And if your semi-trailer full of grain had a certain amount of impurities, you would be sent to a different silo on the same complex to dump your load, and paid at a much lower rate per ton. That meant that making sure your crop was sprayed for weeds at the beginning of the season was vitally important to the harvest of the crop.
All that to say – weeds have an effect on the final harvest.
But while wheat farming practices focus a whole lot on removing the weeds at the very beginning, Jesus way of farming – at least how he tells it in this parable – is different. In the story Jesus tells, the servants are instructed to leave the weeds where they are. There will come a time of reckoning for those weeds, but the time is not now.
So – what does this say to the church… to us. Well, if you read later on in Matthew, Jesus gives some insight to this particular parable. It’s later in the day and the crowds have gone away when the disciples ask him… so … Jesus … about the parable of the wheat and the weeds???!
Out of all the parables they could have questioned that day… the mustard seed, the 4 soils… they seem to be more vexed by the wheat and the weeds. Why doesn’t the farmer authorize the servants to go out into the fields and collect the weeds. What will happen at harvest if the weeds, God forbid, are still there?!
We are so good in the church at dealing out punishment. We see a weed, and we take steps to eradicate it immediately. We see a person who doesn’t fit in, then in the name of Jesus we will cast them out of the fellowship quicker than a tick jumps on a hound dog.
Yet in Jesus economy, the wheat – and the weeds… the tares… stay together in the field. They grow together… it’s not a clean way of farming to sort through the harvest at the end. Better we strike them now while we can… but no.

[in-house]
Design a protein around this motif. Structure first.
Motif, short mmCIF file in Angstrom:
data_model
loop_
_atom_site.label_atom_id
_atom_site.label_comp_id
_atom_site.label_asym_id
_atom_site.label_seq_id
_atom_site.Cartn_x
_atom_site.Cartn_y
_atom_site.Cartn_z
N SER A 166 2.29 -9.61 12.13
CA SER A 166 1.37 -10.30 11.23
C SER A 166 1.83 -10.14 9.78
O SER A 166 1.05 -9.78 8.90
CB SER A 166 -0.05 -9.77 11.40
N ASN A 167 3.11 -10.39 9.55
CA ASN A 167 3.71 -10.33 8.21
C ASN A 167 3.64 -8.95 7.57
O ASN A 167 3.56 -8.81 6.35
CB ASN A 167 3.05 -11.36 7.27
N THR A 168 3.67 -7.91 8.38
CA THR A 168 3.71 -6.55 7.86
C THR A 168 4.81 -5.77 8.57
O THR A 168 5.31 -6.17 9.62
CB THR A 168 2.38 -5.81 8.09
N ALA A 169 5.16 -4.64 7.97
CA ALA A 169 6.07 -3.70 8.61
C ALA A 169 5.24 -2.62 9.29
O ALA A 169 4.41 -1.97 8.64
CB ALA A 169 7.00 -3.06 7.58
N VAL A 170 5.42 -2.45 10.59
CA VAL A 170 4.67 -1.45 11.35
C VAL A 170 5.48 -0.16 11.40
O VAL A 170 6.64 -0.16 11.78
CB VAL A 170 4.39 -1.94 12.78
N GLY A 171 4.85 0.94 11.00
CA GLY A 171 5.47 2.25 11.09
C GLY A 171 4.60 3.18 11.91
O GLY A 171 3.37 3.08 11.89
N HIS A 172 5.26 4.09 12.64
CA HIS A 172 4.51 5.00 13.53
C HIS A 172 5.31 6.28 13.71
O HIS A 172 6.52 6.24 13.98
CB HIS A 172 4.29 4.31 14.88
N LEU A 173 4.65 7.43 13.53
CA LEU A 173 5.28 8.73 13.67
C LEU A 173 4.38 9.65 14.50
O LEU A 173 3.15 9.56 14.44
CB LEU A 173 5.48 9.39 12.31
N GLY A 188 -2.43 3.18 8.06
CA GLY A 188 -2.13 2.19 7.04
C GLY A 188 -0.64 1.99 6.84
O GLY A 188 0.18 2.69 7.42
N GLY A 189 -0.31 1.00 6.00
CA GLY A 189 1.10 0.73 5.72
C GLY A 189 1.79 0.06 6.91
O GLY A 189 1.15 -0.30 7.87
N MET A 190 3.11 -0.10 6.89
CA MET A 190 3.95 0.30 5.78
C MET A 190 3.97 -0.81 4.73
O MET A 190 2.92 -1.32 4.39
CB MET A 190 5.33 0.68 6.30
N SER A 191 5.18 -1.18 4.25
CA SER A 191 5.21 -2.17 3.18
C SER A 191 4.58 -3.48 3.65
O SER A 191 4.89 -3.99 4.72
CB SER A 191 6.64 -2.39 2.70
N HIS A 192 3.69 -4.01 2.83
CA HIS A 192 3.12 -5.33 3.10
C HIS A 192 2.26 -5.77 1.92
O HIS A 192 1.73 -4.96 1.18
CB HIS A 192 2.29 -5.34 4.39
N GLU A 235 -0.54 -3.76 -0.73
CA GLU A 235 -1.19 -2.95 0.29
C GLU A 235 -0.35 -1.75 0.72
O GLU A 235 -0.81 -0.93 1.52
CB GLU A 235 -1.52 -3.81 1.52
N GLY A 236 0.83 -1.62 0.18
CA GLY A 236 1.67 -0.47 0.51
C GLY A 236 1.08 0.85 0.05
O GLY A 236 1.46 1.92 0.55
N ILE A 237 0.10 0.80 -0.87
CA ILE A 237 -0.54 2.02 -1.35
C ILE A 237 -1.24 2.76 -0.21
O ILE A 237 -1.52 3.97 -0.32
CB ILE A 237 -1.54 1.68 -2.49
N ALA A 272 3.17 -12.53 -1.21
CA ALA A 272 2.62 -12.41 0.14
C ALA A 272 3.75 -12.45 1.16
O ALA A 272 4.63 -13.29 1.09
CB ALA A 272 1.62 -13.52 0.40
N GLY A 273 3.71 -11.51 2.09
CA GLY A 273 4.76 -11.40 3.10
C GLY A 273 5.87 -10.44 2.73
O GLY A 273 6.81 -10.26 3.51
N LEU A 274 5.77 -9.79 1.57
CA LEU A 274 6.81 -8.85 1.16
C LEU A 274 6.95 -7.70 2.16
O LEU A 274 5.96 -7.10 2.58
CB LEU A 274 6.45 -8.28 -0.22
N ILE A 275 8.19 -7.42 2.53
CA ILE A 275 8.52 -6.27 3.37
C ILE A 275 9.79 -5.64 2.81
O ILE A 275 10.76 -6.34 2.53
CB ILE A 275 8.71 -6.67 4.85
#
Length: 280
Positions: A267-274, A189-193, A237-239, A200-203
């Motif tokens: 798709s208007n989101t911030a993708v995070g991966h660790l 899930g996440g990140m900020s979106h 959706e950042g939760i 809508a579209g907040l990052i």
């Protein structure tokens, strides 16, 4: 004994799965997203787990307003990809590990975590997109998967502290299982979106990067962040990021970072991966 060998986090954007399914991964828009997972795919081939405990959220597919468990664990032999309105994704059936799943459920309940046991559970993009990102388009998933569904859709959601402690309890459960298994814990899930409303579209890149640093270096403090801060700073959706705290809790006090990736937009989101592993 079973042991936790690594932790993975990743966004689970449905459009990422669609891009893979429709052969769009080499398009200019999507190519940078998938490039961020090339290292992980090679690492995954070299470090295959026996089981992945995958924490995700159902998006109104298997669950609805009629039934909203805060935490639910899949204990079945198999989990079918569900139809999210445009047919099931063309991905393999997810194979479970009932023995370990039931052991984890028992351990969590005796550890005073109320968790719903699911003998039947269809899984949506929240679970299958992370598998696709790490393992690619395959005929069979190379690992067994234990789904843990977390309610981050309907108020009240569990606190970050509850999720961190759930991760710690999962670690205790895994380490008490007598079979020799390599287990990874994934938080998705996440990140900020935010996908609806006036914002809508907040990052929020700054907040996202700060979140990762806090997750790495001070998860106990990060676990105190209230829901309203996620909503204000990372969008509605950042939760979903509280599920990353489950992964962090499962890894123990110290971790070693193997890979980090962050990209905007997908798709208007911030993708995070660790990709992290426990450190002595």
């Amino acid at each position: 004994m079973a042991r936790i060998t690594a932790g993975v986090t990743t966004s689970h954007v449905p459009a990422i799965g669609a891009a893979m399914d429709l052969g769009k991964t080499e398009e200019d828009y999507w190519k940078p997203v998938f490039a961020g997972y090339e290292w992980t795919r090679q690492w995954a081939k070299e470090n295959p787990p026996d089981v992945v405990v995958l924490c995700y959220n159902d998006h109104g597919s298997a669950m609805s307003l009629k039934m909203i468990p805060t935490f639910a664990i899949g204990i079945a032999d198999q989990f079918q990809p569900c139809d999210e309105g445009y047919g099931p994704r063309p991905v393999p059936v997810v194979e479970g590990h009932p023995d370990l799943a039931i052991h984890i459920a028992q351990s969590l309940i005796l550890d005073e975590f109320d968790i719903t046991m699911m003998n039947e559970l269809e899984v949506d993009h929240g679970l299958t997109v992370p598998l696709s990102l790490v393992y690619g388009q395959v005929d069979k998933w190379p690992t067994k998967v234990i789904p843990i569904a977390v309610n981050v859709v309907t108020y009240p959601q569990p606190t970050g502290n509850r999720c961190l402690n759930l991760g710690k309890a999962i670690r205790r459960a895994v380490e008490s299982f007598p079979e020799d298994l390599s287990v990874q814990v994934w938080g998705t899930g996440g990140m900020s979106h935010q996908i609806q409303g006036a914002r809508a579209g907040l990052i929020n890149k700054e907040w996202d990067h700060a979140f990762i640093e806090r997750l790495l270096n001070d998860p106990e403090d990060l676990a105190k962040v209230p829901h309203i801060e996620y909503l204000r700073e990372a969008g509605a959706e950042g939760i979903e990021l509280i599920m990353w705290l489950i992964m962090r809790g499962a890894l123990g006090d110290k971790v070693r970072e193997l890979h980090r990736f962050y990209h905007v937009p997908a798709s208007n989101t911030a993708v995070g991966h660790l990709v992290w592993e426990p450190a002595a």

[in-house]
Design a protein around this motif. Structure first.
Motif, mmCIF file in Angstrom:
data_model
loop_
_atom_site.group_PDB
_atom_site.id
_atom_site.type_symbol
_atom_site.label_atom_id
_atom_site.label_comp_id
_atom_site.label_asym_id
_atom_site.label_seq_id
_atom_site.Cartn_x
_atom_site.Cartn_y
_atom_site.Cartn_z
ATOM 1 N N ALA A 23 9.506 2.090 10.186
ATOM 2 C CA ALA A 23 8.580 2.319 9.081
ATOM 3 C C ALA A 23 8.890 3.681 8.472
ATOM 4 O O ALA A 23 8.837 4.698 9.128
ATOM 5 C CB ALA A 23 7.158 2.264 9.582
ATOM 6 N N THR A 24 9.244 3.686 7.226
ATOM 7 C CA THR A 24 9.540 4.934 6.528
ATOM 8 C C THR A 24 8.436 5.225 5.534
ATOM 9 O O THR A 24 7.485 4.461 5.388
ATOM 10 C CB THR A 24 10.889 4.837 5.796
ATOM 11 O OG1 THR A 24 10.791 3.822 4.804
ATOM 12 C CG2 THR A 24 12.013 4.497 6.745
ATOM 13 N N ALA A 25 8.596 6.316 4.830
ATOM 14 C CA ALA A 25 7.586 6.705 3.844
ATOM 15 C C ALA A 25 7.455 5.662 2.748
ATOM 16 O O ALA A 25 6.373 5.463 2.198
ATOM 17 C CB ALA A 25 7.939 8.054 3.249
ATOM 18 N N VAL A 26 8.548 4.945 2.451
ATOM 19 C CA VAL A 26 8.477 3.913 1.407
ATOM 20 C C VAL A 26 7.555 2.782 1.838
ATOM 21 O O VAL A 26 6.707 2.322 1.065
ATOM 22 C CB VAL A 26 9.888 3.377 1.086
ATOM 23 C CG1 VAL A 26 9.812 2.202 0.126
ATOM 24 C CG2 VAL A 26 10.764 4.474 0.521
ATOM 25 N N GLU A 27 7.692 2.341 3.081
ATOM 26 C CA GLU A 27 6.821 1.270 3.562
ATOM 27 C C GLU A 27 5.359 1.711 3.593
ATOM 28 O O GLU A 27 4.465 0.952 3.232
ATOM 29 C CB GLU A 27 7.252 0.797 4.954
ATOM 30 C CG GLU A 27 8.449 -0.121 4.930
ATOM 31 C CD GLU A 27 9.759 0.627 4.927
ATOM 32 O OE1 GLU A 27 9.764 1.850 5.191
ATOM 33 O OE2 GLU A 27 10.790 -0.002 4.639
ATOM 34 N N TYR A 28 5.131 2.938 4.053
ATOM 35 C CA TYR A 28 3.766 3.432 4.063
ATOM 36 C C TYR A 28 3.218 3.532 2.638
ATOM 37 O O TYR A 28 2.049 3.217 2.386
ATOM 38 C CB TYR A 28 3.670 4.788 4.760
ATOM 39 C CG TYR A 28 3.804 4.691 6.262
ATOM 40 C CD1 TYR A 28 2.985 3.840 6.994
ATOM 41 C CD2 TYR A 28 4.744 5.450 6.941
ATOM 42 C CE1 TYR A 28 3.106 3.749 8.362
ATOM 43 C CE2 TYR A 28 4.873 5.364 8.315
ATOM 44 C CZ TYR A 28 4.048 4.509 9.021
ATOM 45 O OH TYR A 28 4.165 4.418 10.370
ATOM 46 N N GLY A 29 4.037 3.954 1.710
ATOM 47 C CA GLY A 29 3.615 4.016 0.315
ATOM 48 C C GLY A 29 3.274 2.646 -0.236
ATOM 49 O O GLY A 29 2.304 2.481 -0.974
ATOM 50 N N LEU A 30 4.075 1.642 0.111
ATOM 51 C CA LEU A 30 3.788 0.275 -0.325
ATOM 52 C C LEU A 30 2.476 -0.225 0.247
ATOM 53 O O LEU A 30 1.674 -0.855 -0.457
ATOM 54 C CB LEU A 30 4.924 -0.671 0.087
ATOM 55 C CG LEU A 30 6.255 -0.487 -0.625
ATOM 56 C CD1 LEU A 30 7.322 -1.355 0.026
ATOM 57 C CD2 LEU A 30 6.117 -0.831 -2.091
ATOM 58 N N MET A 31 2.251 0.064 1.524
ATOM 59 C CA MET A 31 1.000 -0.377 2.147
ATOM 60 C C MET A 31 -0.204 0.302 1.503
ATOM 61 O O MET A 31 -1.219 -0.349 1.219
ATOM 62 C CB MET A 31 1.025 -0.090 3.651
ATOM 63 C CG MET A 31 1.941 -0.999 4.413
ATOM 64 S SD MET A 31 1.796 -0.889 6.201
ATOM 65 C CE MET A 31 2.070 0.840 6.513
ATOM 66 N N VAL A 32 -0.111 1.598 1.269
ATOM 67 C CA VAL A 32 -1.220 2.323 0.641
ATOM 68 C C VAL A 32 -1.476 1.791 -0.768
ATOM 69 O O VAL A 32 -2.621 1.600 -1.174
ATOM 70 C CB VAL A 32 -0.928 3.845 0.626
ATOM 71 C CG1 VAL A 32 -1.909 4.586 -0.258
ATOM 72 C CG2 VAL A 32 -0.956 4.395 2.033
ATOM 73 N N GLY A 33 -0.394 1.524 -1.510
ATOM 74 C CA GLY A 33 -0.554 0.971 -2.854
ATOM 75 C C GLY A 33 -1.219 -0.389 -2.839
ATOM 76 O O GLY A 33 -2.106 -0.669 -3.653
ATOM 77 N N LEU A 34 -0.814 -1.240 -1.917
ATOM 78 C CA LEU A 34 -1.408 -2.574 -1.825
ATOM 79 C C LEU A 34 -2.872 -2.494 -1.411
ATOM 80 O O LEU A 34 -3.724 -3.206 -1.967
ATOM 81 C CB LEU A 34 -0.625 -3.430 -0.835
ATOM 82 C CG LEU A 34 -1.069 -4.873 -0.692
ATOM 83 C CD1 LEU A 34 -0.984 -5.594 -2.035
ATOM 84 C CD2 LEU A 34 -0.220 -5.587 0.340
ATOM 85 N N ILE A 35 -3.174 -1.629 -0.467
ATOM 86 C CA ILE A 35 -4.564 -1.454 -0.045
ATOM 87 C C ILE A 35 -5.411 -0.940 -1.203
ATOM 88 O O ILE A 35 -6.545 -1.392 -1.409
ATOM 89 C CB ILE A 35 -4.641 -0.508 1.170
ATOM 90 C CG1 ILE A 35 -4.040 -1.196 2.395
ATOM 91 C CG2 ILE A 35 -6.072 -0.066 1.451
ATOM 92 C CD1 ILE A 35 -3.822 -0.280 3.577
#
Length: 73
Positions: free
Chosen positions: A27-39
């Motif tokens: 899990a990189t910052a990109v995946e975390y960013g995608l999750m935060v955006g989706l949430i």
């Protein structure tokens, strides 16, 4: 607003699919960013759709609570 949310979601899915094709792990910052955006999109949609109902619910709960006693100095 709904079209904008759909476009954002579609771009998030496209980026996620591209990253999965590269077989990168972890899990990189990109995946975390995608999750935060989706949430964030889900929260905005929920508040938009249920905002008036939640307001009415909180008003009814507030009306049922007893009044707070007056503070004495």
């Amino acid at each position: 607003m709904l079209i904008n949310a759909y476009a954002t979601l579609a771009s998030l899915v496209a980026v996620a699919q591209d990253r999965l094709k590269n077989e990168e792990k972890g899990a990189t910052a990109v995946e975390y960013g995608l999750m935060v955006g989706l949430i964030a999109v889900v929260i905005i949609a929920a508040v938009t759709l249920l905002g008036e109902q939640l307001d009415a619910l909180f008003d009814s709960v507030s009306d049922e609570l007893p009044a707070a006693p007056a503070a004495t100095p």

I think too many Christians try to be the Holy Spirit. We believe that it is our job to judge the worthy and the unworthy, the sinners and the saints.
Sometime ago, I read the book ‘Pastrix’ by Nadia Bolz Weber. Weber is an Evangelical Lutheran Church of America pastor in Colorado, and leads a church known as ‘House of Saints and Sinners’. It’s not your typical church. There are no stained glass windows.
Nadia as a person has lived a pretty rough life. She has the battle scars – and the tattoos – to prove it. In fact, she’s the kind of lady – at least by looking at her – that you probably don’t want to meet in a dark alley at night somewhere.
Because of her background, and because of her calling, Nadia has made it her life’s work to reach out to the people the church often calls tares. The weeds. Working girls, drunks, drug dealers… people that don’t ‘fit’ in the stained glass edifices across the nation.
And she has her fair share of critics. People who think someone with such a colorful past could ever be called by God to serve God… oh yeah, and shock horror, she’s a woman (which of course to some makes it all the more horrendous). Of course, a good deal of her critics are folks who hide behind the smokescreen of blogs and pseudonyms, or pastors who are – well – just plain old jealous that Jesus is at work in the community she serves…